Practice for employment tests like the ProveIt or CritiCall data entry exams with these alphanumeric data entry tests, scored in kph (keystrokes per hour).
We have two types of data entry practice pages. The first is similar to our typing tests except that they are scored in kph (keystrokes per hour) instead of wpm (words per minute). These tests are typed straight through with only a space between fields.
The second type are form-based, and intended to mimic the type of data entry screens you might see on pre-employment tests, or while working in a data entry job. On these tests you will need to tab between fields as you are entering the data. On the CritiCall test the prompts will not match the order of the fields you are to enter, so you must also match the data to the right field as you type.
These random street addresses provide some relatively easy alphanumeric data entry practice. This is a good drill for those who are still beginners at typing numbers with the keyboard. NEW: ALL CAPS version
For more practice with alphanumeric typing, try our wpm number drills. Or, if you need a little extra review, take a look at our typing lessons for the number keys.
This intense alphanumeric typing practice is for the most challenging part of the CritiCall test - the VIN number - 17 characters long with a mixture of letters and numbers. This is for the most advanced alphanumeric data entry practice.
Moderate alphanumeric data entry practice. Speed and accuracy scores in kph.
Moderate alphanumeric data entry practice with random money amounts.
These random zip codes are displayed in zip+4 format (#####-####) and are the easiest 10-key practice we have.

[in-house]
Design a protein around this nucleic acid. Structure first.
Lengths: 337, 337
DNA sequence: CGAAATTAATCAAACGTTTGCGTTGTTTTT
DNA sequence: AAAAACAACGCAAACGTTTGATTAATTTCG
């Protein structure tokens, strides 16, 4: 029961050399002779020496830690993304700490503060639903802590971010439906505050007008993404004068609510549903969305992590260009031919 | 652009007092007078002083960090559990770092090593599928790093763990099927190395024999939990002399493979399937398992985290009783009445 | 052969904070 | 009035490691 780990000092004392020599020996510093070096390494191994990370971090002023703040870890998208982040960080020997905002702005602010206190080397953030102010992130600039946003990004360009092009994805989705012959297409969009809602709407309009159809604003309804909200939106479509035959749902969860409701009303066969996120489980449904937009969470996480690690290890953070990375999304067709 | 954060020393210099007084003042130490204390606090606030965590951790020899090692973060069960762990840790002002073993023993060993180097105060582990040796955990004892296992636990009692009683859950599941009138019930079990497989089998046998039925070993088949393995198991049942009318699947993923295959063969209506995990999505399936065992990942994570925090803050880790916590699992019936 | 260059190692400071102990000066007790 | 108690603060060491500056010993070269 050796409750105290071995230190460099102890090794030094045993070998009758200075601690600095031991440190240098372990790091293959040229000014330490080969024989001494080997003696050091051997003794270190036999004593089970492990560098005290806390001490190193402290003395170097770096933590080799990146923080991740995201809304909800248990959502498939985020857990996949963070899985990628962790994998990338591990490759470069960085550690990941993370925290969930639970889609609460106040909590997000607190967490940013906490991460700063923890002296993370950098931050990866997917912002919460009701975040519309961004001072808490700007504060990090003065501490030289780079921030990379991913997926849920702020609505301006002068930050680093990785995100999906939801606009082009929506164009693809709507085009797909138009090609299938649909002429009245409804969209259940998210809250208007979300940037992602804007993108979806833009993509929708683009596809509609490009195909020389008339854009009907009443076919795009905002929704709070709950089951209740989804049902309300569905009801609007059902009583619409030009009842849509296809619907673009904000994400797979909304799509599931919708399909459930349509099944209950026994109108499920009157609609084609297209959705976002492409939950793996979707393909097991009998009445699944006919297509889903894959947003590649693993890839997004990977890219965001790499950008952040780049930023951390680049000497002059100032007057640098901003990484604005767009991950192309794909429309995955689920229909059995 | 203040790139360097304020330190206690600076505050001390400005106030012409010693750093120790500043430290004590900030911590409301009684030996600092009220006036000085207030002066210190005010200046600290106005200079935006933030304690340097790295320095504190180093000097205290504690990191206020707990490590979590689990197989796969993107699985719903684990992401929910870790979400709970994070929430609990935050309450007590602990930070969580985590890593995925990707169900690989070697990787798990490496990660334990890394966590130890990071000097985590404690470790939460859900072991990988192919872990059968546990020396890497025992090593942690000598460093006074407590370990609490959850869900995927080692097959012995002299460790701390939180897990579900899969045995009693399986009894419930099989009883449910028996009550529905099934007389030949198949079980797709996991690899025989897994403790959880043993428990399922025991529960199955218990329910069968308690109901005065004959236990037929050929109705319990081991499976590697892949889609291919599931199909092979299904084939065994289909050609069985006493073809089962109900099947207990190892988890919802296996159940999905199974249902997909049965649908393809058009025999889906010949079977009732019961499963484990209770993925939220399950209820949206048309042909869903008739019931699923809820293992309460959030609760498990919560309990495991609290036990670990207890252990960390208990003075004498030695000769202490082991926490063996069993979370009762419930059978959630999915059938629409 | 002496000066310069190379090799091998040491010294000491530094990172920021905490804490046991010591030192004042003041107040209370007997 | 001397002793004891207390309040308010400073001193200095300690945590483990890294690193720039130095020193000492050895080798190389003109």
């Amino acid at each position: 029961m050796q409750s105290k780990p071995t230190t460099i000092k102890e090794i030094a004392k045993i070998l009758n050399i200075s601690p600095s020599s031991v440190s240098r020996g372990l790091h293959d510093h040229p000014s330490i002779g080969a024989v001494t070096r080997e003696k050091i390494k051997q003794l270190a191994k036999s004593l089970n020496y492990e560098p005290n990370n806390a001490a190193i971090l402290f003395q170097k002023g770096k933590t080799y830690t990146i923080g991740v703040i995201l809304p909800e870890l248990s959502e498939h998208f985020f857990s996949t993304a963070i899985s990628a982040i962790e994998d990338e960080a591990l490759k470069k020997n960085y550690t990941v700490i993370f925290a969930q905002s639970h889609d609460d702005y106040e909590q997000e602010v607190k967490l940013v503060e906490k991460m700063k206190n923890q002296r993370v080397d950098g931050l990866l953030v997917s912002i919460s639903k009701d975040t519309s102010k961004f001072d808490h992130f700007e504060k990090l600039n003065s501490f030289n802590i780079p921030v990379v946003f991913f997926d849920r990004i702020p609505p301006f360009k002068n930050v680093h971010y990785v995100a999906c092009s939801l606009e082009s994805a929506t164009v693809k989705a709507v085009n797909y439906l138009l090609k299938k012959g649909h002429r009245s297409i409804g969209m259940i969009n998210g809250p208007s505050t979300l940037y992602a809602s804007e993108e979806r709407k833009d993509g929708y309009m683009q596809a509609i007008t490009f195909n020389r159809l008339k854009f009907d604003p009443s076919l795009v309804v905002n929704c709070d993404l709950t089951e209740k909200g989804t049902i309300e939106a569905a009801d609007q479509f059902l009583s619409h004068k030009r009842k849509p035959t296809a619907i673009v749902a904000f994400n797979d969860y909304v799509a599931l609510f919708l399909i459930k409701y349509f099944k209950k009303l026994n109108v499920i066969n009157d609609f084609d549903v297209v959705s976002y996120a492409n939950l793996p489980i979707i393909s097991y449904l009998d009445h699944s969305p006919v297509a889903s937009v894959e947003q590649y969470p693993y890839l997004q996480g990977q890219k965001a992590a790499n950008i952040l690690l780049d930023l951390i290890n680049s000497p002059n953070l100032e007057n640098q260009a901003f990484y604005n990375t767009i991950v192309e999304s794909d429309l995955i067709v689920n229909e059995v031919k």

Just a little bit harder, these random phone numbers (###-###-####) can help you practice your numbers using either 10-key or standard keyboard.
For an extra challenge, try these random (####-####-####-####) credit card numbers.
The ProveIt data entry test is a basic data entry test often given to prospective call center employees. This practice test was built to help practice your data entry skills and get familiar with the test format.
This site started with the CritiCall practice test and its challenging alphanumeric data entry scored in kph (keystrokes per hour). The CritiCall test is for those seeking a job as a 911 operator or emergency dispatcher. Some of the challenges you will face on this data entry test are all caps, very long (17characters!) VIN numbers, and prompts that appear in a different order than the fields they are intended to be typed into. This practice test was designed to practice these challenging aspects of the CritiCall test. Data entry is only one part of the Criticall test, to learn more about the other parts, check the Official CritiCall Preparation Guide
Our data entry typing tests are scored in kph (keystrokes per hour). While typing speed is important, it is only one skill in the field of data entry. General typing tests are usually long blocks of text with few, if any, numbers -- such as a dated letter. Data entry tests are often much more number intensive. Some data entry is exclusively numbers and is often easier using a 10-key pad. Other data entry is alphanumeric, mixing numbers and letters. Examples include street addresses, license numbers, etc. For test that use this type of data, like the CritiCall or ProveIt data entry tests, you need to be able to get a good score using the numbers on the standard keyboard. These drills were created to help you improve your speed and accuracy with this type of number-heavy material.
What is a good score? Many data entry jobs require 10,000 kph or higher. These jobs use tests like ProveIt to measure your speed. On the CritiCall test you will find much more difficult information to type (as well as some multi-tasking activities that interrupt your typing). I've seen passing scores reported between 2500-5600 kph, depending on where you are taking the test. In both cases, the best way to find out what the minimum passing score is is to ask the specific company or organization you hope to get a job with. You can also get a good idea what good scores are by checking out our high scores on individual tests, you will see that the top scores vary by the difficulty of the test. These are the best typists on the website, and not the score you will need to pass an employment test.